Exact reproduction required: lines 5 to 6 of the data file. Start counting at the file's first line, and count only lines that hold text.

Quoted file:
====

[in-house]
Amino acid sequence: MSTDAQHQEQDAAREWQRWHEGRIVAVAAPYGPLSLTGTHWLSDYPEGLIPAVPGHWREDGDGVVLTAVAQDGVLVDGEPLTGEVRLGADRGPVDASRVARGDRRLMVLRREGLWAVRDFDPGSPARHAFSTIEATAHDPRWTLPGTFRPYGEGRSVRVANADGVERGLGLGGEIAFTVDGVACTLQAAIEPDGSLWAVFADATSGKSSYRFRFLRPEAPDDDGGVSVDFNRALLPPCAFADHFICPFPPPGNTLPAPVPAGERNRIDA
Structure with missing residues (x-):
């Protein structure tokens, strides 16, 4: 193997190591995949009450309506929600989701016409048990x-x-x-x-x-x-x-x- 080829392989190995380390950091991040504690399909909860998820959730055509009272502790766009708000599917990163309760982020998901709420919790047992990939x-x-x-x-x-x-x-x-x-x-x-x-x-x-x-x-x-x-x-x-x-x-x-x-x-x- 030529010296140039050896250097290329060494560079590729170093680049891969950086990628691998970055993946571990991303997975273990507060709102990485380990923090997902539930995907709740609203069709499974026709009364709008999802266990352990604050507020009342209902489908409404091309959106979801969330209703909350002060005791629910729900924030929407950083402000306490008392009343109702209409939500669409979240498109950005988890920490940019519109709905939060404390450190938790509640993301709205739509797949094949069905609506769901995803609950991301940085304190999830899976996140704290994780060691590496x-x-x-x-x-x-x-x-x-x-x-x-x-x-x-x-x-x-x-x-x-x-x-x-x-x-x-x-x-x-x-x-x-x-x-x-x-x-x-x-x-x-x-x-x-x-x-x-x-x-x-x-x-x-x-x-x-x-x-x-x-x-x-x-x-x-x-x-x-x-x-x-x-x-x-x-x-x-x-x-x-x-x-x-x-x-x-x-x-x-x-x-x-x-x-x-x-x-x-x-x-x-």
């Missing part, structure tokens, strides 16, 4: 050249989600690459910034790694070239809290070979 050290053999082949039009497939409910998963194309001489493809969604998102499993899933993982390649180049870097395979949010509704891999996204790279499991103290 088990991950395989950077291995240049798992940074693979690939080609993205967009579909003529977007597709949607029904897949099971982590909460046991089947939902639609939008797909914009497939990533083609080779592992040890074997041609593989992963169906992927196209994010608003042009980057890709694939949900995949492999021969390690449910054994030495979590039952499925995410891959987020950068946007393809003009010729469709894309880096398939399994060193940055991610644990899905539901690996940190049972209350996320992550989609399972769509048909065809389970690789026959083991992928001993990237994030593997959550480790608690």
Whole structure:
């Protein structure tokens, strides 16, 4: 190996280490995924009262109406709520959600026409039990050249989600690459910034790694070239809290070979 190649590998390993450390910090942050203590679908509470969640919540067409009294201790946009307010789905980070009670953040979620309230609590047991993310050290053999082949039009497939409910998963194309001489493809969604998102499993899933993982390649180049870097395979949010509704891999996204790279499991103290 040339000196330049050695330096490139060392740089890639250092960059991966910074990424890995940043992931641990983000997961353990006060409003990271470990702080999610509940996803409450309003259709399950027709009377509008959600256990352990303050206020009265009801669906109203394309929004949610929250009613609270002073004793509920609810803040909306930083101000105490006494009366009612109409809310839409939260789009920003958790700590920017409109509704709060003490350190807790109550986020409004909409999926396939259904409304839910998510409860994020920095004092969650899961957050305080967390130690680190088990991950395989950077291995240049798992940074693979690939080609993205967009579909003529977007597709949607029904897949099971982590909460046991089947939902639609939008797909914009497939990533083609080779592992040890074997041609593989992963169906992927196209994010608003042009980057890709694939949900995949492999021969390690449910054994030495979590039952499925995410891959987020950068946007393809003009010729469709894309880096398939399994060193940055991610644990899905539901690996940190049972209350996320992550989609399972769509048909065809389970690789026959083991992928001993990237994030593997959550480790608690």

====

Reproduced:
């Missing part, structure tokens, strides 16, 4: 050249989600690459910034790694070239809290070979 050290053999082949039009497939409910998963194309001489493809969604998102499993899933993982390649180049870097395979949010509704891999996204790279499991103290 088990991950395989950077291995240049798992940074693979690939080609993205967009579909003529977007597709949607029904897949099971982590909460046991089947939902639609939008797909914009497939990533083609080779592992040890074997041609593989992963169906992927196209994010608003042009980057890709694939949900995949492999021969390690449910054994030495979590039952499925995410891959987020950068946007393809003009010729469709894309880096398939399994060193940055991610644990899905539901690996940190049972209350996320992550989609399972769509048909065809389970690789026959083991992928001993990237994030593997959550480790608690």
Whole structure: